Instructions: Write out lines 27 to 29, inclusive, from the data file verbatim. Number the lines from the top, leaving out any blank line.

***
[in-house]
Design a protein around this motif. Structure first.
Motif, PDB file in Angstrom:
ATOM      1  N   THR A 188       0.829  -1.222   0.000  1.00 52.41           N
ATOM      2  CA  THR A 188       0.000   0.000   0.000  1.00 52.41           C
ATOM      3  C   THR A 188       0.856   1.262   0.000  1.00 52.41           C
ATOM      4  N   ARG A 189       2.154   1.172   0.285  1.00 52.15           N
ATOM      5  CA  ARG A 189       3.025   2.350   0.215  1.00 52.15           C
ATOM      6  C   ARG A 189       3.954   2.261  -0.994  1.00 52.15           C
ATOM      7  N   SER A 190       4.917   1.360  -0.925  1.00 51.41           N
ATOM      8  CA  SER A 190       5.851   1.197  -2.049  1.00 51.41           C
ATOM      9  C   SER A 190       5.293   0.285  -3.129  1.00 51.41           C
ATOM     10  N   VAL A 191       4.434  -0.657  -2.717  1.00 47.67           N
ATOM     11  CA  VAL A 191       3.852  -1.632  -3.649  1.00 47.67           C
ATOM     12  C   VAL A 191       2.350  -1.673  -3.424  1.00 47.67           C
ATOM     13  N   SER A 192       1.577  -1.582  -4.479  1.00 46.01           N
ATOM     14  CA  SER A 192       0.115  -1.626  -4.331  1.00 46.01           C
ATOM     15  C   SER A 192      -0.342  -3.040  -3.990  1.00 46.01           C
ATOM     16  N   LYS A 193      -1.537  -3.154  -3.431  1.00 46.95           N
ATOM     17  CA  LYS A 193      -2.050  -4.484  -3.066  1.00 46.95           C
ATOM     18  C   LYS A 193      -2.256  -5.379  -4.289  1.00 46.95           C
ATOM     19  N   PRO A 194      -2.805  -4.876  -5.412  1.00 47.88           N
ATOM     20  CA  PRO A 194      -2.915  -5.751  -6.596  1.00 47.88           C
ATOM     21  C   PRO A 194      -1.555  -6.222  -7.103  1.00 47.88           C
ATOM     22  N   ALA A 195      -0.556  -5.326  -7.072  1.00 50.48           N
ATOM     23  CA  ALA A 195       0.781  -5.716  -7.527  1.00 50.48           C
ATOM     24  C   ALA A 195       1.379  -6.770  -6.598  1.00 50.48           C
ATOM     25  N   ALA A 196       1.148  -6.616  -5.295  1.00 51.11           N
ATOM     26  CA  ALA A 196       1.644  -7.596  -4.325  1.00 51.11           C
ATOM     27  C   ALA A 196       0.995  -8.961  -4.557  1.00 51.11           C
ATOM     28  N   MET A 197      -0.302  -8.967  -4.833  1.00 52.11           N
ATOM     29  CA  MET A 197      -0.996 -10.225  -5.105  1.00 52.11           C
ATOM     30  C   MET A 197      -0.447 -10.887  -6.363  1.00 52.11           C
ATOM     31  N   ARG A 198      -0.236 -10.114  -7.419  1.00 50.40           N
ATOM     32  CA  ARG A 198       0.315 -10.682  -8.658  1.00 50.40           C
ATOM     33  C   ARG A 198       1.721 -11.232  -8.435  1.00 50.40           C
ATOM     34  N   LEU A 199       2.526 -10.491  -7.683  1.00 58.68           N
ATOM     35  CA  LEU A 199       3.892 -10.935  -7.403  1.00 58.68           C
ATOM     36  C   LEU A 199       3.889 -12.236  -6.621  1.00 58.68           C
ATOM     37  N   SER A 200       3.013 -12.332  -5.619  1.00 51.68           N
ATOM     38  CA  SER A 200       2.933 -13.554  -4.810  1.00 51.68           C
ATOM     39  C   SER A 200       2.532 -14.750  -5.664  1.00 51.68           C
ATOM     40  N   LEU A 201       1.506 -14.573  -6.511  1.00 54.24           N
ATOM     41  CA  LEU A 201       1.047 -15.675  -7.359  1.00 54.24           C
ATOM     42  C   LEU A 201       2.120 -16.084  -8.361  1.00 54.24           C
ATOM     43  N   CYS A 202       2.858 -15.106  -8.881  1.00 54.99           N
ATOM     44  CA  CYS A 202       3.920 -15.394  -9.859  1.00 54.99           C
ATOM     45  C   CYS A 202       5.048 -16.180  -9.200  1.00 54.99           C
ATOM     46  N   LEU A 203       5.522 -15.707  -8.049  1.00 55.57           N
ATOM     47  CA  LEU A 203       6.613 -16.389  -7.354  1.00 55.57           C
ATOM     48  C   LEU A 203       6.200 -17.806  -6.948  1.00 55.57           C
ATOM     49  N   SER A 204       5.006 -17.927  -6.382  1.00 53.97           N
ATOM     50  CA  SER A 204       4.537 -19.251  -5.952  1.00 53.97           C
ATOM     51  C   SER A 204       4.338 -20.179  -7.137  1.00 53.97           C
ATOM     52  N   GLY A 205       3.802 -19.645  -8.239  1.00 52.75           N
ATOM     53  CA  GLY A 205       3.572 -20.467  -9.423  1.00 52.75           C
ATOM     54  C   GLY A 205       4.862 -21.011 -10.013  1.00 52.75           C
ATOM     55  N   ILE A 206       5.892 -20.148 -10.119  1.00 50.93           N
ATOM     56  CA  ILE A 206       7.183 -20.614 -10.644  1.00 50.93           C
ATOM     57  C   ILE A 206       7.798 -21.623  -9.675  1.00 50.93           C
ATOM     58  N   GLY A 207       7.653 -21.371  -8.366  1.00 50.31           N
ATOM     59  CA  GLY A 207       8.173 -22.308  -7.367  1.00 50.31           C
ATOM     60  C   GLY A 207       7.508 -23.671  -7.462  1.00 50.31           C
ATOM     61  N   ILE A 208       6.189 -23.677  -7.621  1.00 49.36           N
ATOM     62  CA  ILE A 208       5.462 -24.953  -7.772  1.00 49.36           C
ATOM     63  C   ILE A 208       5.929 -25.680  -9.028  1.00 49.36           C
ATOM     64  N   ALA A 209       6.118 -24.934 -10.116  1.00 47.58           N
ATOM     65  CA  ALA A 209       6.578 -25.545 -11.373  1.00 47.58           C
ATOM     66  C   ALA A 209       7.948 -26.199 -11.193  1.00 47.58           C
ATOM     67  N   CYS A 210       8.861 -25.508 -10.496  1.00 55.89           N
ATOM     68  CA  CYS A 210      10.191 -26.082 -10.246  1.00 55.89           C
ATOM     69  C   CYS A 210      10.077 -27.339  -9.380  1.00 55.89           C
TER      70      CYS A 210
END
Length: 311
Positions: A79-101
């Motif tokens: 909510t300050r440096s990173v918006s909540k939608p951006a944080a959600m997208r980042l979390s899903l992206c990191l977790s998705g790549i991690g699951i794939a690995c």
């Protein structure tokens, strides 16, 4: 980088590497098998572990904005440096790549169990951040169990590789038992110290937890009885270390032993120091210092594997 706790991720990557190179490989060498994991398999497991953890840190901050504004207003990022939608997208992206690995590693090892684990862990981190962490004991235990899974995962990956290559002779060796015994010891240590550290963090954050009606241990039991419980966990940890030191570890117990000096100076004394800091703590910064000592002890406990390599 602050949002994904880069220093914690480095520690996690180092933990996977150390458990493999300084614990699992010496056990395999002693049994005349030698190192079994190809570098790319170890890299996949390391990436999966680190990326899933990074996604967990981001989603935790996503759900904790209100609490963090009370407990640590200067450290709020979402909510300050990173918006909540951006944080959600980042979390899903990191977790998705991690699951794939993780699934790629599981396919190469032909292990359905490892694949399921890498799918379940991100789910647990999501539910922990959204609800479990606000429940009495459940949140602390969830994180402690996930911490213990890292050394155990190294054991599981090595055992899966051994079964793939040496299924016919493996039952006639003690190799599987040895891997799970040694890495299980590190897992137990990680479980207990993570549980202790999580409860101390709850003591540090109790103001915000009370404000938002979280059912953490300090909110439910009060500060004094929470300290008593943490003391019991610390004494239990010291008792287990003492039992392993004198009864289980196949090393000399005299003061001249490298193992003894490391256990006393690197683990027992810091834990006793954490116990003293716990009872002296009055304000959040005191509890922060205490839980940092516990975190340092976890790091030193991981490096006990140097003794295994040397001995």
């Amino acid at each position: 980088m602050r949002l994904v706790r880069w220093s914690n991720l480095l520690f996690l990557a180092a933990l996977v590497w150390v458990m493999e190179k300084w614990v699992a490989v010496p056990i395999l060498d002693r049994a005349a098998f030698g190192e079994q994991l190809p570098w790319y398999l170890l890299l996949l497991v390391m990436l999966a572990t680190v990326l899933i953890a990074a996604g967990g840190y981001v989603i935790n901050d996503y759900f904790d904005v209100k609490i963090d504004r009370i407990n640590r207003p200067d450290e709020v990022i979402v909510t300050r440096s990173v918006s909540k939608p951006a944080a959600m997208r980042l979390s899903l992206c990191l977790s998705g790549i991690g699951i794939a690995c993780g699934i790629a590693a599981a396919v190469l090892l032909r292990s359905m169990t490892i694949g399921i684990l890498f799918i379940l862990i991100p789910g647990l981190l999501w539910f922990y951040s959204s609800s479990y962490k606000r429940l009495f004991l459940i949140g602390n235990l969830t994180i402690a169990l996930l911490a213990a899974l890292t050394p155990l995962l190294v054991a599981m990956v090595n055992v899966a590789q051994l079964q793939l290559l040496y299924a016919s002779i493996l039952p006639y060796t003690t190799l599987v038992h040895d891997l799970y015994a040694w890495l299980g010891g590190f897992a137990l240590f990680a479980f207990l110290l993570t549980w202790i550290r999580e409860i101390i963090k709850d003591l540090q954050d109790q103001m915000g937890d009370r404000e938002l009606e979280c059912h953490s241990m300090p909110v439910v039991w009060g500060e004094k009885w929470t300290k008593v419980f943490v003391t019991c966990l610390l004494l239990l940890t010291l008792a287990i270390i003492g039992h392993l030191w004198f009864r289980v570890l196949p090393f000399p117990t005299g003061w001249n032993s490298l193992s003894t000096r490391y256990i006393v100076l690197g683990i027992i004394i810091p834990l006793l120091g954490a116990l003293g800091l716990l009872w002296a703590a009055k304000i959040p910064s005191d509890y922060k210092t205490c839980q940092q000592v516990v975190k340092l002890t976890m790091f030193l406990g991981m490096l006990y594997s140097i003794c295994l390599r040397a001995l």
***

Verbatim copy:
ATOM     24  C   ALA A 195       1.379  -6.770  -6.598  1.00 50.48           C
ATOM     25  N   ALA A 196       1.148  -6.616  -5.295  1.00 51.11           N
ATOM     26  CA  ALA A 196       1.644  -7.596  -4.325  1.00 51.11           C